Monster Rancher 1 & 2 DX Review – Monsters Rule

Monster Rancher 1 & 2 DX Review – Monsters Rule

Unlike Pokemon and Digimon, the Monster Rancher series never took off in a big way. There were a few circles of dedicated fans, but the simulation monster-raising RPG fell into obscurity. Still, I’ve held onto hope that we might one day need our Compact Discs to unlock monsters and spend hours simply hanging out. Luckily, Koei Tecmo is here with Monster Rancher 1 & 2 DX as a remastered offering of the first two entries in the series.

Monster Rancher 1 & 2 DX are similar in a few areas. Both titles begin with you being a new monster trainer. You’re given an assistant who does all the heavy lifting, and you’re set loose into a fantasy world. Your first steps are to unlock a monster from the Shrine; in the original, this would be done by grabbing any CDs you have, sticking them into your console, and hoping for a monster friend to be discovered.

In this remastered version, players can use a search feature to look up the song’s title or the artist and find a list. Understand that these games came out in the 90s, so your searches should include artists such as Will Smith, Mariah Carey, and R.E.M. However, you’ll discover that some monsters are locked and require more experience.

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Monster Rancher 1 is an excellent introduction to the simulation series. After you acquire a monster friend, you head to your ranch, and each week you decide what your monster does. The idea is to train your monster, raise its stats, and fight the strongest trainers around. However, that’s mostly it for general play. Each week, you train, your monster does or doesn’t do their assignment, and you move on.

With just that, you might think this is all a little too basic, but there’s so much more here. Each monster seems to have its own personality. Some are more defiant than others are just more playful, but somehow you get attached to whatever monster you end up with. Further, there’s a ton of hidden content in this game, from adventure mini-games to special discs for other monsters and a whole lot of secret items.

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Monster Rancher 2 is Monster Rancher is, but more. Everything has been expanded here, the battles, secrets, and systems. A nice feature is that it’s possible to bring over your frozen monsters to Monster Rancher 2 to continue your adventure, but know that all monsters die.

It’s sad in a way, you spend in-game years with these creatures, winning tournaments, tending to their needs, finding them when they’ve lost, and so much more, only to come to a time when your assistance informs you that your friend is getting old. Welp, you’ll move on eventually and find a new monster friend, rinse and repeat. The idea is that you want to complete the tournaments and rank up, but the fun of this experience come with just general play.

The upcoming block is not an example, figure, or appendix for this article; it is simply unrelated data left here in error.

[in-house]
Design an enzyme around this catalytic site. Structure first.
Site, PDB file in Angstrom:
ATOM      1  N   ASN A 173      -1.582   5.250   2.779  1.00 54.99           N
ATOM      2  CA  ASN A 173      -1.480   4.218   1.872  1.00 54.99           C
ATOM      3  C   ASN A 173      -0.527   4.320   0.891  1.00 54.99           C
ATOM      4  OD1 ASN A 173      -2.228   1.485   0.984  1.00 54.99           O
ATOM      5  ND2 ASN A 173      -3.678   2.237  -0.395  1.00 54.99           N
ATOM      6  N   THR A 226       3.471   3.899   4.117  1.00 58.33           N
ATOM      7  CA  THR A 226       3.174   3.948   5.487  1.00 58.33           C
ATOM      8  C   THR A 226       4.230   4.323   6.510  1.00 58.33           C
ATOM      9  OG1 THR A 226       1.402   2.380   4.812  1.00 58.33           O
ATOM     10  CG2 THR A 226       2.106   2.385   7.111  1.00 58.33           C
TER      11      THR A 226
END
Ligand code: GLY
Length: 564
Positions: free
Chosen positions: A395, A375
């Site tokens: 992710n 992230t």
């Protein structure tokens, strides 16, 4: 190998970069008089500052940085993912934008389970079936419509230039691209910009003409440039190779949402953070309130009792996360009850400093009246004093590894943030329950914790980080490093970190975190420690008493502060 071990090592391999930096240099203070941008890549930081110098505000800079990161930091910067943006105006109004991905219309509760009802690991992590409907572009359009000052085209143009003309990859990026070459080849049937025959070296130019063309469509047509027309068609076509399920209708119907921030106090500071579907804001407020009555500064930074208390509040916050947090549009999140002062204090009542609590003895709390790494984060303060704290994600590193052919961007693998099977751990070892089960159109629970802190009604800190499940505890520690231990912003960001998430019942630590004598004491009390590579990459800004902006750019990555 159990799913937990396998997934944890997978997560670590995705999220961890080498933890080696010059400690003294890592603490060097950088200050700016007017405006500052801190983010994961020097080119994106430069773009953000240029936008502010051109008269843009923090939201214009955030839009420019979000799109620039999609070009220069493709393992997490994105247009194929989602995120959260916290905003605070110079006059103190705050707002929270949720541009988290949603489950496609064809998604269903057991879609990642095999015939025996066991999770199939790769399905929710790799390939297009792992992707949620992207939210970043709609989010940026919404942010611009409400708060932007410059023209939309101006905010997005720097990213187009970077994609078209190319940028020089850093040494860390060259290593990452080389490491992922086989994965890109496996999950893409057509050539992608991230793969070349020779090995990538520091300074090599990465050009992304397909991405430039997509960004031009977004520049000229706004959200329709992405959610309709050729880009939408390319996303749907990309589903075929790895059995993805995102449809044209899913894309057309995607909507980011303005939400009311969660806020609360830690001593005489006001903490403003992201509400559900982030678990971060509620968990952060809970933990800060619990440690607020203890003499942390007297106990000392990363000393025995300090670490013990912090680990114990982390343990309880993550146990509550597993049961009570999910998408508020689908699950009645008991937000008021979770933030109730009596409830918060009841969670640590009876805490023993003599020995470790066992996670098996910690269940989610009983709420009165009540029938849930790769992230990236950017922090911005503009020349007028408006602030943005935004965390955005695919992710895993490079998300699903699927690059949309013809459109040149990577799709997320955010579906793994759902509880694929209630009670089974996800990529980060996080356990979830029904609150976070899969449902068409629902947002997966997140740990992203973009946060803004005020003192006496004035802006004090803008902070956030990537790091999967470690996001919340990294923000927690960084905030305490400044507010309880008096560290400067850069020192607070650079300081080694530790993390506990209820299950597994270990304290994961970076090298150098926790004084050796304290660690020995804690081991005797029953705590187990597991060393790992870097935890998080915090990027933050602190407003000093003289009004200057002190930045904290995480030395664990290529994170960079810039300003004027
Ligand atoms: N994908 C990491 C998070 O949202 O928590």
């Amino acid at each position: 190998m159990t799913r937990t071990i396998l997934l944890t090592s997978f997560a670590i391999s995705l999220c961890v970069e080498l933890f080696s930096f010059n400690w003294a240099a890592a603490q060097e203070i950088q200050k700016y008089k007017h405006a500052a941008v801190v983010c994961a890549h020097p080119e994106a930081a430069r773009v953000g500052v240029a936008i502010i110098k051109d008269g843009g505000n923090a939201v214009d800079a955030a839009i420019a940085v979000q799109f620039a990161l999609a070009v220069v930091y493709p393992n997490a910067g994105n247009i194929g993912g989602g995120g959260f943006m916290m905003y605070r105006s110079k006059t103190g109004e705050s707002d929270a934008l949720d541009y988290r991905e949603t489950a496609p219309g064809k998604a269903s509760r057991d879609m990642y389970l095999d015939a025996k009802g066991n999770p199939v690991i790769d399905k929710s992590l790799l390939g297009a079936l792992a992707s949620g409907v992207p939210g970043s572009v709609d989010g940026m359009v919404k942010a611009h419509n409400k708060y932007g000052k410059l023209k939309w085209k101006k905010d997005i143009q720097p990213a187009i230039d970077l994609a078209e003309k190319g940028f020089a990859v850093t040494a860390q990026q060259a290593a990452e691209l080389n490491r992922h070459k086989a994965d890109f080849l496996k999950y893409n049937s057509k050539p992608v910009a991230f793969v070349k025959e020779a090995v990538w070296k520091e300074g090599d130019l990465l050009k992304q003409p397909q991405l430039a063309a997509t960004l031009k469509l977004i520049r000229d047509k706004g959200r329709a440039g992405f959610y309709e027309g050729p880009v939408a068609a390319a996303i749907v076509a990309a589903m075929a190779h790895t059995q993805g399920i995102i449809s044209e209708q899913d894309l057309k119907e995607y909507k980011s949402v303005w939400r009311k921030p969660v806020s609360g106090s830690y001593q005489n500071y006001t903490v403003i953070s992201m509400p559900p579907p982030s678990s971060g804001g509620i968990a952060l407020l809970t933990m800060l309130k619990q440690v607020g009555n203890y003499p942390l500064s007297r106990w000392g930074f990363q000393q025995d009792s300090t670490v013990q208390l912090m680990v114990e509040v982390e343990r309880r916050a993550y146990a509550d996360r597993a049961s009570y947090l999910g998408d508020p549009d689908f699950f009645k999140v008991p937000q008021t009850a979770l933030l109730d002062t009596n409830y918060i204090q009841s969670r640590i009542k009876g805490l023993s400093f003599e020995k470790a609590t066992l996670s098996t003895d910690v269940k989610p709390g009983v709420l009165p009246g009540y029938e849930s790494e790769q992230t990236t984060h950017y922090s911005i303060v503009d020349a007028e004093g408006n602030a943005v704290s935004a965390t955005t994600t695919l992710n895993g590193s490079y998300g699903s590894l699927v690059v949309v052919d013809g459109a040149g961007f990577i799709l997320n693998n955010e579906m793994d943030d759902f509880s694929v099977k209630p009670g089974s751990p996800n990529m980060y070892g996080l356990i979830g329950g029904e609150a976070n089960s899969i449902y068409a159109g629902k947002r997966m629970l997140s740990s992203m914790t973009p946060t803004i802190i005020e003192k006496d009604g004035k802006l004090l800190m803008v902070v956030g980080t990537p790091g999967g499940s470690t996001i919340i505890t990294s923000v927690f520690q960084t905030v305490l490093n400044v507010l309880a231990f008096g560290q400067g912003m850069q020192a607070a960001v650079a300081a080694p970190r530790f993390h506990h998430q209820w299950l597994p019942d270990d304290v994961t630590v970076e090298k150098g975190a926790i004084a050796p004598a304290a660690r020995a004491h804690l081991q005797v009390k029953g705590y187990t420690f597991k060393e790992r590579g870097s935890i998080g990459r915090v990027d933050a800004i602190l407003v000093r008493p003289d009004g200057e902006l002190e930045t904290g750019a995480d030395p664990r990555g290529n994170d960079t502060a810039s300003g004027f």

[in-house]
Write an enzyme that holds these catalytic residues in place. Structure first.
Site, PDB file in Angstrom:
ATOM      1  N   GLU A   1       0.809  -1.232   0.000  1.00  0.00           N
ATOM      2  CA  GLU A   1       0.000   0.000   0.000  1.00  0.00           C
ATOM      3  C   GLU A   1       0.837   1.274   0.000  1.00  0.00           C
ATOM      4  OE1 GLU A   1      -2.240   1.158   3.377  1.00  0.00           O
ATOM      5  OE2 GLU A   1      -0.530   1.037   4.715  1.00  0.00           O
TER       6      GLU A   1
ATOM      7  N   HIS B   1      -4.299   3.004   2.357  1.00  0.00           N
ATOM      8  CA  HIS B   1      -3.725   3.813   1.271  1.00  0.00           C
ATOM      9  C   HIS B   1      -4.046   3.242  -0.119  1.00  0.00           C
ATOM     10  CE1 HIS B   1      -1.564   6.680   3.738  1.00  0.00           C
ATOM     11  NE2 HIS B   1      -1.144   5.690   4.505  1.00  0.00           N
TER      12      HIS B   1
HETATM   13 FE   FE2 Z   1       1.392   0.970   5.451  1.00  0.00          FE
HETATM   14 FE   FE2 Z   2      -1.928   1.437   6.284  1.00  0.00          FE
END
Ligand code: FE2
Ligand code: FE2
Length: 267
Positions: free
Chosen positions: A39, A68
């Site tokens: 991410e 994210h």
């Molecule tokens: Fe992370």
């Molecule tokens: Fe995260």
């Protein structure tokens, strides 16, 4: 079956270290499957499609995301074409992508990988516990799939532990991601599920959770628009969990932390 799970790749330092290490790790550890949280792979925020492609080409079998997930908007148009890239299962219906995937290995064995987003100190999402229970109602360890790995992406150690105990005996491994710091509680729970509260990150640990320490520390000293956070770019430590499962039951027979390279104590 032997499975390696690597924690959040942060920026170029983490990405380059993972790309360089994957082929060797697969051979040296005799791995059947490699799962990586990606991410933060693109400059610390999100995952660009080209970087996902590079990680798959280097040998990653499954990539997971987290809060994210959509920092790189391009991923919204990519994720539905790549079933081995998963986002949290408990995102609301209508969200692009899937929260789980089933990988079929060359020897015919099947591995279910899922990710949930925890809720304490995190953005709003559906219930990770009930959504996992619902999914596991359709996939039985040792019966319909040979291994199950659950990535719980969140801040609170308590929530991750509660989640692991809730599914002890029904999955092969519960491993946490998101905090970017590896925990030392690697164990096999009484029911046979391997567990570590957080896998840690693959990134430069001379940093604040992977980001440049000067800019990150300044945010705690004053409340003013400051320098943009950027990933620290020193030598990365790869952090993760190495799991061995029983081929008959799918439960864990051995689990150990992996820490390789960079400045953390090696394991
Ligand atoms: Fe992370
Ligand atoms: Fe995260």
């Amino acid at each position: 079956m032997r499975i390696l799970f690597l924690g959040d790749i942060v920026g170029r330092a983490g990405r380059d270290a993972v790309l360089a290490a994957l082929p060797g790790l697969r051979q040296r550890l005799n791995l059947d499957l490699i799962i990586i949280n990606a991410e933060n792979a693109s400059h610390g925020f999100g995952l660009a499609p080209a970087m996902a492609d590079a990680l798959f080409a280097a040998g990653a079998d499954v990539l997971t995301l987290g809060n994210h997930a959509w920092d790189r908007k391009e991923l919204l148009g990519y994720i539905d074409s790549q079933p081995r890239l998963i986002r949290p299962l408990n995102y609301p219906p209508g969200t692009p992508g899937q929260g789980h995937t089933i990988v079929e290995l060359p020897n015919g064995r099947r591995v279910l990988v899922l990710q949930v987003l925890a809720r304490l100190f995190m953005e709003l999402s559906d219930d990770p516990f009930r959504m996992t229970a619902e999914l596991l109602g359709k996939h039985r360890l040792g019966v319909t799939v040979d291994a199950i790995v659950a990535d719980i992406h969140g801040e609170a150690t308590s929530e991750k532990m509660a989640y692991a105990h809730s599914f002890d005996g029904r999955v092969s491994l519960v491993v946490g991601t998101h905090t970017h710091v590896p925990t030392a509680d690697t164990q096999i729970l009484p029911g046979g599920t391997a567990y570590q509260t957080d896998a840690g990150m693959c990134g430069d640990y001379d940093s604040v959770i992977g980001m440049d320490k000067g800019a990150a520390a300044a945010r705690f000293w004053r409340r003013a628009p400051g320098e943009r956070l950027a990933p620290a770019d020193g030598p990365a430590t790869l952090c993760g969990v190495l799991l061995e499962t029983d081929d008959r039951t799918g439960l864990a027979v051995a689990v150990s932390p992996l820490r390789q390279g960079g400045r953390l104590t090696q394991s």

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This DX release could have used some quality updates for additional increases to the speed of everything. Also, as fun, as they are to watch, the unskippable animations during training get old quickly. Still, this being a Switch game, you can just take this on the go with you. However, there’s no touch screen support, which would have made things a lot more interactive.

Battles are determined by stats. It’s possible to build any type of fighter. A speedy monster that can’t be touched, a tank, or a long-ranged fighter, it’s really up to you. During a battle, you’ll see your attacks, the possibilities they’ll Hit, and the number of skill points, or Will/Guts, that you have access to. It’s pretty straightforward and engaging the more you train your monster. There are also ways to make your monster so strong that your opponent just surrenders.

There are some other nuances in the battle system that would require a guide, but someone just playing for fun won’t really need to dig too deep. I do enjoy how the monsters learn abilities on their own and the many ways to unlock new monsters in both games. In fact, you may need a guide if you plan to see everything these games have to offer, but whatever way you play interesting things are bound to happen.

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Graphics are not the best that I’ve seen, but these are old games. The standard resolution is kept with ugly borders on the edges, but the sound has been updated for the sequel. Character models have had their avatar sprites updated, but the in-game assets are very hard to read sometimes.

Additional features allow you to further track your progress. Aside from the fast-forward options, you can also access random battles and track your online rank. There were also 27 new monsters added to this release exclusive to specific regions.

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Monster Rancher 1 & 2 DX is a very fun game that requires some patience to discover everything it has to offer. However, these systems are timeless and exceptionally balanced to provide nearly endless enjoyment. There are plenty of ways to spend your time playing with no wrong way to enjoy raising your monsters and proving your skills in tournaments.

Nostalgia might play a role here, but I think these games are a blast.

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